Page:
Actually there are, but those spoken by U.S. TV rights holders probably aren't printable. For the moment the shaky men's field still boasts stars Novak Djokovic and Andy Murray, but the first week ravaging of the women's draw all but ensured a no-name Thursday. That should make for delightful programming -- in the way that watching an obscure foreign film is delightful -- if aptly surreal. When fate conspires to make Poland -- with two men's quarterfinalists and a women's semi-finalist -- the world's premiere tennis nation, all the old metrics get tossed out the window.
"You know, tennis is kind of a crazy game," Bartoli said. "Now I am playing Kirsten Flipkens to be in the final of Wimbledon. So it's also very unexpected, but that's the magic of it."
Still, those concerned with American tennis are less intrigued these days by the "magic" of such one-off runs. Encouraging results this year -- especially by 18-year-old Madison Keys, who pushed No. 4 Radwanska to three sets in the third round here, and Stephens -- have inflated hopes for the post-Serena generation. Some believe Keys' big serve and forehand give her more upside, but Stephens' knack for performing at the highest level has made her today's flag-bearer.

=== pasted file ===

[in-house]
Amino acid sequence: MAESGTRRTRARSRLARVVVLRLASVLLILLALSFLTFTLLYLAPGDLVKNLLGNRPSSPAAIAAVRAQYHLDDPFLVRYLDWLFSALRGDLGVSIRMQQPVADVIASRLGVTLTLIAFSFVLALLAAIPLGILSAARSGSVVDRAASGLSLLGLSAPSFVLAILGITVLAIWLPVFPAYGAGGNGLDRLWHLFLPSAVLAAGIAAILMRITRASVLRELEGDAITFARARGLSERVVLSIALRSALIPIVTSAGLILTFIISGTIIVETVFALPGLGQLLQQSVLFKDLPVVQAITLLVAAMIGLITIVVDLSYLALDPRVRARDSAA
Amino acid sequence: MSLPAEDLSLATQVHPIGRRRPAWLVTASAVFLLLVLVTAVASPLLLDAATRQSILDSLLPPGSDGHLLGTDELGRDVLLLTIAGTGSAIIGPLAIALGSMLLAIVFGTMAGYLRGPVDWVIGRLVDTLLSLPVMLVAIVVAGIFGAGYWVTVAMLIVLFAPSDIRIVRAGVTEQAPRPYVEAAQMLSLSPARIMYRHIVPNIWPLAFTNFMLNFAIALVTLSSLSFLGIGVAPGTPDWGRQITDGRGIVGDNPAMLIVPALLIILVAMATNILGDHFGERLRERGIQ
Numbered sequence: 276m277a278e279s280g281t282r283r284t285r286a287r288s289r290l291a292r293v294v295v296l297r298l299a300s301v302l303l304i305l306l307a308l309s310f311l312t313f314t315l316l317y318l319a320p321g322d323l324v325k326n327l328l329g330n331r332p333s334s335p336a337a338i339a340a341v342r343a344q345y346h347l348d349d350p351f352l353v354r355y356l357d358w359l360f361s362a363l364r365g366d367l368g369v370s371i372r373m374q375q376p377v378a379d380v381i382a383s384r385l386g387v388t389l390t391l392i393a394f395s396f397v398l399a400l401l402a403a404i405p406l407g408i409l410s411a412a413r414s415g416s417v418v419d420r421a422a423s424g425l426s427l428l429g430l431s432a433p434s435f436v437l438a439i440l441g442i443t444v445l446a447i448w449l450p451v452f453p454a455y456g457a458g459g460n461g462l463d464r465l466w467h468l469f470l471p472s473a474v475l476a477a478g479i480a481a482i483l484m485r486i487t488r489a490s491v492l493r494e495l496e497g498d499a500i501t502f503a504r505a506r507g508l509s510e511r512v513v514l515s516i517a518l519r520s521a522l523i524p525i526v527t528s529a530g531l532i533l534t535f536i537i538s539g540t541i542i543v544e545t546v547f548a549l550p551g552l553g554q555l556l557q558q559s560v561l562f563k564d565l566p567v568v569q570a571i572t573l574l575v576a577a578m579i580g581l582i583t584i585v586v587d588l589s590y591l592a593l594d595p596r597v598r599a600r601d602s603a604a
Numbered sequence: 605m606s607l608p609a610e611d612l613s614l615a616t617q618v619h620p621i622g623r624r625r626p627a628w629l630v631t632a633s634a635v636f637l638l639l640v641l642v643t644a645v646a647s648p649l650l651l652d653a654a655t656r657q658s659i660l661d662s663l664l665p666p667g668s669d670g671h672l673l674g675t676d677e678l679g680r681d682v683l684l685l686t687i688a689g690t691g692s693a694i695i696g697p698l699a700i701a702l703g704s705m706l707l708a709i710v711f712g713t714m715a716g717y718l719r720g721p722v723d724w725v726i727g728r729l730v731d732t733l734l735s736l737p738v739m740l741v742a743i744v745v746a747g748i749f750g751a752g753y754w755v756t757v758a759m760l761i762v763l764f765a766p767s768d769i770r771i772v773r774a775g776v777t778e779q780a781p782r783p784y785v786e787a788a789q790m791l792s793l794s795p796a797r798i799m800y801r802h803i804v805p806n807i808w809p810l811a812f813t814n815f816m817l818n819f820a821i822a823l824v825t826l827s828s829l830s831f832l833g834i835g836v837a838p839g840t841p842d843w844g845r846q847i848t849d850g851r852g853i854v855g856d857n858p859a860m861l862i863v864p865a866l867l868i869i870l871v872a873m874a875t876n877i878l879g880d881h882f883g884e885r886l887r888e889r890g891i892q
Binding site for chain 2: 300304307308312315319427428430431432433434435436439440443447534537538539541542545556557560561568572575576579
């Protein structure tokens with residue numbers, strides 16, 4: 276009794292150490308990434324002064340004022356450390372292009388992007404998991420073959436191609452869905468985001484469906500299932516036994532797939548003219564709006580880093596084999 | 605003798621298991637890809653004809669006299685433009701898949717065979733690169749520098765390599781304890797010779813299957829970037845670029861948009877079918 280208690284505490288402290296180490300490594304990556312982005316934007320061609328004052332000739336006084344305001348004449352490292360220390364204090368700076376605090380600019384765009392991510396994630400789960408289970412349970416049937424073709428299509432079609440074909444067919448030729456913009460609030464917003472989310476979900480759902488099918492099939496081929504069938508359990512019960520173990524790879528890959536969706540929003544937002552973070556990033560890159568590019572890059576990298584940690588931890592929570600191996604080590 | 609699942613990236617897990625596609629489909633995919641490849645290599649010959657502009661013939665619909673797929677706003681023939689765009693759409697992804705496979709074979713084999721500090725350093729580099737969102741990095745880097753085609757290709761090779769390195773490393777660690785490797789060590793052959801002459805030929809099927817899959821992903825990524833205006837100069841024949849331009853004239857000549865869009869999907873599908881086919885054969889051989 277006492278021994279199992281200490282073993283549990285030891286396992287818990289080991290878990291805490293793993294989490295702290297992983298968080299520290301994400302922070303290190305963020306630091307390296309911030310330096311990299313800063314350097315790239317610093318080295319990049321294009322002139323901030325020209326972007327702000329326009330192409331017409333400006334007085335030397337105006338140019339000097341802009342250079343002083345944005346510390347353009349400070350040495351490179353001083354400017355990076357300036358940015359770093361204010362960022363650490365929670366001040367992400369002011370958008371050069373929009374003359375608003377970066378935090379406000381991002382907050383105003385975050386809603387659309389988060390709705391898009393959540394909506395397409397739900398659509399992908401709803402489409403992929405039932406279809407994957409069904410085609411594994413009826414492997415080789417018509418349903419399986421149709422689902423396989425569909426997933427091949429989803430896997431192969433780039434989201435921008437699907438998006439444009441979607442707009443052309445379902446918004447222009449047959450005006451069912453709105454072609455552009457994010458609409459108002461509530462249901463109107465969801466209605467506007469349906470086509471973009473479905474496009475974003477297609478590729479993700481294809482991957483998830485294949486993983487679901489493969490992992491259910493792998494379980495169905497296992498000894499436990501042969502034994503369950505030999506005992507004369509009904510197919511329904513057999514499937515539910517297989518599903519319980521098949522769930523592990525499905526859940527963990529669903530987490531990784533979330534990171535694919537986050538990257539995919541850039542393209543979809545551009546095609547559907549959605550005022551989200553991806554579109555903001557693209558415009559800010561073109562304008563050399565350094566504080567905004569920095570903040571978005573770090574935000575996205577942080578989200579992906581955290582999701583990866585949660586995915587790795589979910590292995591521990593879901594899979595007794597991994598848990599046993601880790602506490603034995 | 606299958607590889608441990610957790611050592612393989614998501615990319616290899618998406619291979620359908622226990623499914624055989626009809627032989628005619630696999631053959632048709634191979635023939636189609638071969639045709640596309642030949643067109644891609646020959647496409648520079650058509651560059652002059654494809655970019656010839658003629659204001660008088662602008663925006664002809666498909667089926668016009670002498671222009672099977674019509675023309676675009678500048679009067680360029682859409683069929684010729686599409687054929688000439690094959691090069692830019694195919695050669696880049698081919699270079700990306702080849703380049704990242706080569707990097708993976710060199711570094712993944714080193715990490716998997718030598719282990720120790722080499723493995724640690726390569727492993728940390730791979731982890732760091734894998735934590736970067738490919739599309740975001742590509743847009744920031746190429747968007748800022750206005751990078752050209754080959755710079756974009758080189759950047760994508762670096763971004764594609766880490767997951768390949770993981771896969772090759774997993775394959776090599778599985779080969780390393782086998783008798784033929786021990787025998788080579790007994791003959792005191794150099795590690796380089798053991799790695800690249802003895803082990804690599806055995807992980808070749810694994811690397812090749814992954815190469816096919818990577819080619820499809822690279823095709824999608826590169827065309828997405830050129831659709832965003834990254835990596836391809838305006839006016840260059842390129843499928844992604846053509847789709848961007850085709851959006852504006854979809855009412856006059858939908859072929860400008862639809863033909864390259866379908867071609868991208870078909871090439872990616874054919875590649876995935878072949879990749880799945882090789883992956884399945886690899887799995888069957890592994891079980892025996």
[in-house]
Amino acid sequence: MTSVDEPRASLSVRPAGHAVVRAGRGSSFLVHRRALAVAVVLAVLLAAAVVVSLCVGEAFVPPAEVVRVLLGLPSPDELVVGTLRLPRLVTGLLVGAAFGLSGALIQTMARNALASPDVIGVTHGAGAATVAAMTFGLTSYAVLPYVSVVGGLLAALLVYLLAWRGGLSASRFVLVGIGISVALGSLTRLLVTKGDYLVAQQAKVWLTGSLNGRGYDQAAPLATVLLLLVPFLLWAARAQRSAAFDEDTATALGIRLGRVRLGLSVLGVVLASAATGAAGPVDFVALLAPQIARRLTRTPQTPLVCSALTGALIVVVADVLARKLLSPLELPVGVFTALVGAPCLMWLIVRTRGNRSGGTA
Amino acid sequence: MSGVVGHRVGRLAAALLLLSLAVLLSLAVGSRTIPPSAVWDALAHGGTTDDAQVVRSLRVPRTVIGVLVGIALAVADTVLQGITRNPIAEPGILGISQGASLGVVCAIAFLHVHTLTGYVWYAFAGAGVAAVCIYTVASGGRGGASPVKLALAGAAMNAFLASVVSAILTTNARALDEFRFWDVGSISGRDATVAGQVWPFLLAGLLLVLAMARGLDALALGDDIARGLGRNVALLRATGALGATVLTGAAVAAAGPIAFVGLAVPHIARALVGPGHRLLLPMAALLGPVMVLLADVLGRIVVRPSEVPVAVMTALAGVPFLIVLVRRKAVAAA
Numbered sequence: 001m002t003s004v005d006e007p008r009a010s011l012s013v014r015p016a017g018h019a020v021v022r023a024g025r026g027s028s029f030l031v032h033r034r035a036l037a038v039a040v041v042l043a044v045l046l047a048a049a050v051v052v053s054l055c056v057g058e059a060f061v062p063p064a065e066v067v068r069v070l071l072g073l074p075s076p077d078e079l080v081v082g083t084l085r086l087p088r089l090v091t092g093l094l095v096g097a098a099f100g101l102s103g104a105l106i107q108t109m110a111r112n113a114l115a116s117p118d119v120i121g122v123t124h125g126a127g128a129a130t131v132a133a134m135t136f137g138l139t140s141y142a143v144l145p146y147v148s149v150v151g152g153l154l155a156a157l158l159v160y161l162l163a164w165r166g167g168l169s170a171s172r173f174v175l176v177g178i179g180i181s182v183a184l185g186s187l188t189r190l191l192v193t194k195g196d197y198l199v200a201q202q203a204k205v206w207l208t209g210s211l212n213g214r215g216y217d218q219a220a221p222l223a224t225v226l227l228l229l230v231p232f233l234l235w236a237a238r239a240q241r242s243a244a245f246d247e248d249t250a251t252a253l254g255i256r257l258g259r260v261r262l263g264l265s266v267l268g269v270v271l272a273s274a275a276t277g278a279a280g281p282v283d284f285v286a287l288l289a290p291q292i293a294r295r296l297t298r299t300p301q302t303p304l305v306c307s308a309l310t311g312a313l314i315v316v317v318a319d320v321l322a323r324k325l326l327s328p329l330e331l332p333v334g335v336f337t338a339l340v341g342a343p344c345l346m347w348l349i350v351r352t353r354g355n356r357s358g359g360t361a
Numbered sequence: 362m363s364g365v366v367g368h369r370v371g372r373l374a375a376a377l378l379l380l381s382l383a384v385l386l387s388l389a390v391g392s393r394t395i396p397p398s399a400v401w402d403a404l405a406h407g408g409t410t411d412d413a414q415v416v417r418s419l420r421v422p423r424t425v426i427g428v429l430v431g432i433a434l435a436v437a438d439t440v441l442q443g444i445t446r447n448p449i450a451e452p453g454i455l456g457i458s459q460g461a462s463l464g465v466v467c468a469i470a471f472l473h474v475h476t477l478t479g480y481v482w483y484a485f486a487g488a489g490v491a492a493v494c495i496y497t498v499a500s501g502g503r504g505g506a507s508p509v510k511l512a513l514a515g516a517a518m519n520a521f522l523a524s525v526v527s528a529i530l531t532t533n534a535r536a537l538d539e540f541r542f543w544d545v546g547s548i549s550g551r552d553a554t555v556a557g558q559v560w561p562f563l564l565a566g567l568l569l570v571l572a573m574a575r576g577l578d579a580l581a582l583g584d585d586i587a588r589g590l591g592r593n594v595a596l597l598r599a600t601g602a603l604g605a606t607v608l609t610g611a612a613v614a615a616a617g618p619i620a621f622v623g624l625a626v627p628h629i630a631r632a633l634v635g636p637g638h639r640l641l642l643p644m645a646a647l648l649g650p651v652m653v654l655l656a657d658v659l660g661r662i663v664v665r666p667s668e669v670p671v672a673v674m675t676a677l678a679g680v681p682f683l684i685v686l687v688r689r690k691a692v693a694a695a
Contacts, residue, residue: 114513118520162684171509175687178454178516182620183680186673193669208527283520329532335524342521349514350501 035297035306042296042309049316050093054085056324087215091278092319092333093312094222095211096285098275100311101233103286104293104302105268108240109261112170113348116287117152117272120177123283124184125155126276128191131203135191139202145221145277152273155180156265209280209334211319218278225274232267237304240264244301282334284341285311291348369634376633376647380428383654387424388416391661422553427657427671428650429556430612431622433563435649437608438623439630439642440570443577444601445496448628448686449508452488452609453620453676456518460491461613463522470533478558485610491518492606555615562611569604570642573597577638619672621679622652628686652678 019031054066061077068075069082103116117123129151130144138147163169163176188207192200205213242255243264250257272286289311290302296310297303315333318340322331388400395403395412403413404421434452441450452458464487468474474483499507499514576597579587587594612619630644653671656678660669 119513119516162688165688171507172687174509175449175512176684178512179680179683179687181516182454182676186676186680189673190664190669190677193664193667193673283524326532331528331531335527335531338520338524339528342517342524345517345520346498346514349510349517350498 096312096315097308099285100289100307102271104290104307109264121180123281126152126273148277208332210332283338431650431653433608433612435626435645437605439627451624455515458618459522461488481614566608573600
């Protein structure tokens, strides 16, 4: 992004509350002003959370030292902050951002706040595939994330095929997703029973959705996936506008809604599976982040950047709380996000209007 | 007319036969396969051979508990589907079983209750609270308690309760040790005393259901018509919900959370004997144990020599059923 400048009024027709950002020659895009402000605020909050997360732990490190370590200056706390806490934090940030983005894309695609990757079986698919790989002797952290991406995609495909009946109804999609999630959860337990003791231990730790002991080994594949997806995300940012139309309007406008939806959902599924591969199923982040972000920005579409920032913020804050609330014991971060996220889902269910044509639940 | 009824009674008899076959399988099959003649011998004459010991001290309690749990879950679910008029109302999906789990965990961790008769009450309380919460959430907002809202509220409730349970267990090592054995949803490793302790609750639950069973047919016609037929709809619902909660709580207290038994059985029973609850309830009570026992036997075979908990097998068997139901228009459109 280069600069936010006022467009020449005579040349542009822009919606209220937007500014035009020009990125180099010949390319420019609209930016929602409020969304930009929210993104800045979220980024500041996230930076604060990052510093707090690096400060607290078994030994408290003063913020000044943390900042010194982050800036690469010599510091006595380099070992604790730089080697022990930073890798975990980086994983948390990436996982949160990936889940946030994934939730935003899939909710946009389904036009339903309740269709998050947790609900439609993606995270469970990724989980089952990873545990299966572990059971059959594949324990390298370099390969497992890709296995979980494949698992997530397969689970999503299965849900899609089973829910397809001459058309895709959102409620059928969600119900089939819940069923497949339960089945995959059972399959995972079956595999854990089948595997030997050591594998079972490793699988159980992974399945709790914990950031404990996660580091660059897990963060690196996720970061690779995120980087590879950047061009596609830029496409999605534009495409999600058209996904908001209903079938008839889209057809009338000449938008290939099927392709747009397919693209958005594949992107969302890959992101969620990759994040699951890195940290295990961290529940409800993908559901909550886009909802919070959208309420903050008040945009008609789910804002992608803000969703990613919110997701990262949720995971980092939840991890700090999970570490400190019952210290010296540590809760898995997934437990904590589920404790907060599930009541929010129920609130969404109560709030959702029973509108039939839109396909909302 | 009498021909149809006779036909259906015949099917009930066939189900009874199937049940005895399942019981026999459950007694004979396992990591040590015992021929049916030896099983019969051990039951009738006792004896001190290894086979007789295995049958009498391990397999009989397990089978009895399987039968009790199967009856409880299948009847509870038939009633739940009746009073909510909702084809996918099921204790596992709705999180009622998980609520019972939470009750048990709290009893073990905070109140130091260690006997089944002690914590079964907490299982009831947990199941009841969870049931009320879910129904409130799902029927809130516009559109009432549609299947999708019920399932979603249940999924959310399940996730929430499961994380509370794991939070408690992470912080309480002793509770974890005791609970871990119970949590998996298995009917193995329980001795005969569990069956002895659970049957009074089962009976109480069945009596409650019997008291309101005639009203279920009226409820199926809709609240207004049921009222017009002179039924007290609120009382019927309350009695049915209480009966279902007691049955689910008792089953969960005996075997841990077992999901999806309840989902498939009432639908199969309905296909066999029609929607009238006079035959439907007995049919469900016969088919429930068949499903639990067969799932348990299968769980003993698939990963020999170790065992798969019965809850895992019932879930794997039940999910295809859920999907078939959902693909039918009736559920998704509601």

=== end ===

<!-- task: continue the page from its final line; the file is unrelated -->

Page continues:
"She likes the big moment: She knows how to get up for 'em," said commentator Mary Carillo during the two-hour, 20-minute rain delay that halted Stephens' showdown against Bartoli with her serving at 4-5, 40-all. "Coming into this match she had more errors than winners and she was still in the quarters: Not too many people can swing that. I like Madison's game, too; it's a whole different level. The Americans we've had the last several years have been grinders, so you admire their tenacity and fighting spirit. But these babes? Ka-boom! There's something nice about, Oh, I can decide this right now. I'm going to break open this point -- and hit this winner."
Stephens should have been plenty motivated. Aside from the $2.4 million champion's check, there was also the annoyingly appealing Bartoli's usual antics -- hopping endlessly foot-to-foot, swinging at endless imaginary balls -- and the fact that the Frenchwoman cannily worked Tuesday's afternoon shower, refused to play out the game to the end, so that Stephens would be returning under instant pressure.